14. 14. Students enroll in „morepopular‟ courses because:  Students get the impression that there are a lot of opportunities connected with these courses after they graduate.  Students believe that just because people they know in the same field make much money, so will they.  Colleges feed on the trend of enrollment and they continuously strengthen and promote their programs.
  15. 15. reasons for this significant drop according to Roger Bartholomew  financial problems  problems arising from irresponsible behavior like early parenthood  and mainly, the students being unprepared for college because they had poor high school background and/or they were not properly oriented while they were still in high school about what course they should take.
  16. 16. According to a high school guidance coordinator  the bad thing that happens in career orientations is basically school-selling and promotion of courses and the courses that they promote are those that their institutions are known for. The not-so popular courses are left out.
  17. 17. Overconcentration of graduates on few degree courses leads them to compete for very limited jobs upon graduation. Inthe process, thousands are forced to accept jobs forwhich they were not trained for.
  18. 18.  Projected labor needs, both domestically andoverseas, from the DOLE, with projectedsalary scales;  A chart matching degrees, tech/voc skills and other qualifications with jobs and career areas, to be supplied by DOST, TESDA and CHED;  Career Aptitude Tests (up-to-date and aligned to Philippine and international careers) that can be administered both manually and by computer in ALL schools around the country for ALL students.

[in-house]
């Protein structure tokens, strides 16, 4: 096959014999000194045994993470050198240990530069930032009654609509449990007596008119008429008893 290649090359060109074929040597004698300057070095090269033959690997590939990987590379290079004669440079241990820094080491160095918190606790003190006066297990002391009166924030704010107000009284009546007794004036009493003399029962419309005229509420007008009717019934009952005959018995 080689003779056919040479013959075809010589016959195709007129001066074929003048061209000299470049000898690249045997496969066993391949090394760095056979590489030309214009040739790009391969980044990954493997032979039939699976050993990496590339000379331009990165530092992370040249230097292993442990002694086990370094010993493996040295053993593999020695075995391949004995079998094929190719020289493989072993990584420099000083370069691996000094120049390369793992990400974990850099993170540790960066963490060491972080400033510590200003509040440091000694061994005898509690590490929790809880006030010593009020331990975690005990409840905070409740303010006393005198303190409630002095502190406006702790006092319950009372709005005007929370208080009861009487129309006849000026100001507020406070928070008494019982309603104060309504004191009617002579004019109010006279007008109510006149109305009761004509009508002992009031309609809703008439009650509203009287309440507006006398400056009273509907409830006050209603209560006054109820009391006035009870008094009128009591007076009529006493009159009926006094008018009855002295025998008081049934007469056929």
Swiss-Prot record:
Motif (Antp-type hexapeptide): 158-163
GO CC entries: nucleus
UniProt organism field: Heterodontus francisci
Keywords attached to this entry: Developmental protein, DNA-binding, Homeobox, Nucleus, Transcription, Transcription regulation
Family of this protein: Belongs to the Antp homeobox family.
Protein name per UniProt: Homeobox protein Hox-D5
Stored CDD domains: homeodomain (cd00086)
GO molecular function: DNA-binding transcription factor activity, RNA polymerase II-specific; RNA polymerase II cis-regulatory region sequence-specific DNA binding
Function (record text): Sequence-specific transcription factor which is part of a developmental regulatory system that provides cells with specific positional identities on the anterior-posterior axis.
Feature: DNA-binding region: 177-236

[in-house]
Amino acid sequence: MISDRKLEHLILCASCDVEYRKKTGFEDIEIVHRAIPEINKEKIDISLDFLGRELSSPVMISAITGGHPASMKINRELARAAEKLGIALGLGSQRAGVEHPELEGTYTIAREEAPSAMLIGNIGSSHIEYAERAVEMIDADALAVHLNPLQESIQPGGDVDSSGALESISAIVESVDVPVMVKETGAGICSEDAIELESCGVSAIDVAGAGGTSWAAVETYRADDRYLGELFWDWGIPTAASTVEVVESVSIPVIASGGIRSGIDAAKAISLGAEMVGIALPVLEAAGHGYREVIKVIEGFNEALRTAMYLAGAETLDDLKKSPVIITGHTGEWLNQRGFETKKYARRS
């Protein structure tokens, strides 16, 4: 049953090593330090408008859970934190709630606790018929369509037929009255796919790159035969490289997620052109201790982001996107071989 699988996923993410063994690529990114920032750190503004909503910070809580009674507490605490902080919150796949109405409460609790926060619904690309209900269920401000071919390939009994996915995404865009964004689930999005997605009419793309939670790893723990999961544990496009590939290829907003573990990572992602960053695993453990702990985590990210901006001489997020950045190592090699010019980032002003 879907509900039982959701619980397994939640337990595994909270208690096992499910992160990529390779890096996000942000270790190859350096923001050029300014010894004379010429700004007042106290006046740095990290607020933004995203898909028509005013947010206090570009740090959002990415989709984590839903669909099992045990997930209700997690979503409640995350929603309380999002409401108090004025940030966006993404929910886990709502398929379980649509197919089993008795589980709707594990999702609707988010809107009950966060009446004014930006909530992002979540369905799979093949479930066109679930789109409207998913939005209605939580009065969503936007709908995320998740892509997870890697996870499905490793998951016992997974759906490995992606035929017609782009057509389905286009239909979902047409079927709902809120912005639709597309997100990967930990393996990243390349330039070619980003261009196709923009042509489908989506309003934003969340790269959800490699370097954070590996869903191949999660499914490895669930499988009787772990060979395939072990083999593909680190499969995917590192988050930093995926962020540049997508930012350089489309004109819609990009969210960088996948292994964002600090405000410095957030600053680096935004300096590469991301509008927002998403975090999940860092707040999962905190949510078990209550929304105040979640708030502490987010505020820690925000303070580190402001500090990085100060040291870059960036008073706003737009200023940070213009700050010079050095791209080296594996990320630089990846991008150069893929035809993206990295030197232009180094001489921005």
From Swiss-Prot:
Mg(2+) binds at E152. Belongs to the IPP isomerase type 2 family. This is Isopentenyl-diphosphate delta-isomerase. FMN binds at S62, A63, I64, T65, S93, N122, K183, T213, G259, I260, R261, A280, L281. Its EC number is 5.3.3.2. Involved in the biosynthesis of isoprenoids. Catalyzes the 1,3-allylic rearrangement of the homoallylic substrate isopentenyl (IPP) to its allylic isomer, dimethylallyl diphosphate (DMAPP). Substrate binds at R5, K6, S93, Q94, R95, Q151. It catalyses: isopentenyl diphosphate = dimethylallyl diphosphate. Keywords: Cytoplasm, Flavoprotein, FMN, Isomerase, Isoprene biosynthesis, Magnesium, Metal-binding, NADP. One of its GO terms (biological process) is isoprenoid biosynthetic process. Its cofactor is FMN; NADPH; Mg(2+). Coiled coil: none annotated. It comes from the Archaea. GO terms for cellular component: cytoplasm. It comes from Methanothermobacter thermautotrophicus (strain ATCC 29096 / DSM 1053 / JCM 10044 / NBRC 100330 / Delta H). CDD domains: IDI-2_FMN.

19. 19.  An annual two-day program for allcurrent designated career counselorsshowing them how to access and usethe statistics compiled from DOLE, howto keep up-to-date with career trends,how to share this information with theirstudents and how to administer andinterpret career aptitude tests.
  20. 20. micro imperatives that need to be put inplace by school principals, counselors andteachers  Each school and college to have one designated career counselor for every 100 junior and senior students;  Each student to receive an absolute minimum of 1 hour of individual, confidential career counseling in the junior and senior years;
  21. 21.  Each school to provide the opportunity for anabsolute minimum of one in-school event and oneextra-mural event directly related to careers (e.g. visitto a call center, an airplane maintenance hanger, awelding workshop, a semi-conductor plant, a careercounseling exhibit, a military training camp, etc.)  Career counseling to be focused not just on students pursuing bachelors degrees but on students with key technical skills (electrician, plumber, welder, carpenter, seaman, potter, gardener, mechanic,panel beater, etc.)
  22. 22.  Each student given tips ongaining access to good careeradvisory websites;  Post-graduation mapping of the progress of high school and college students.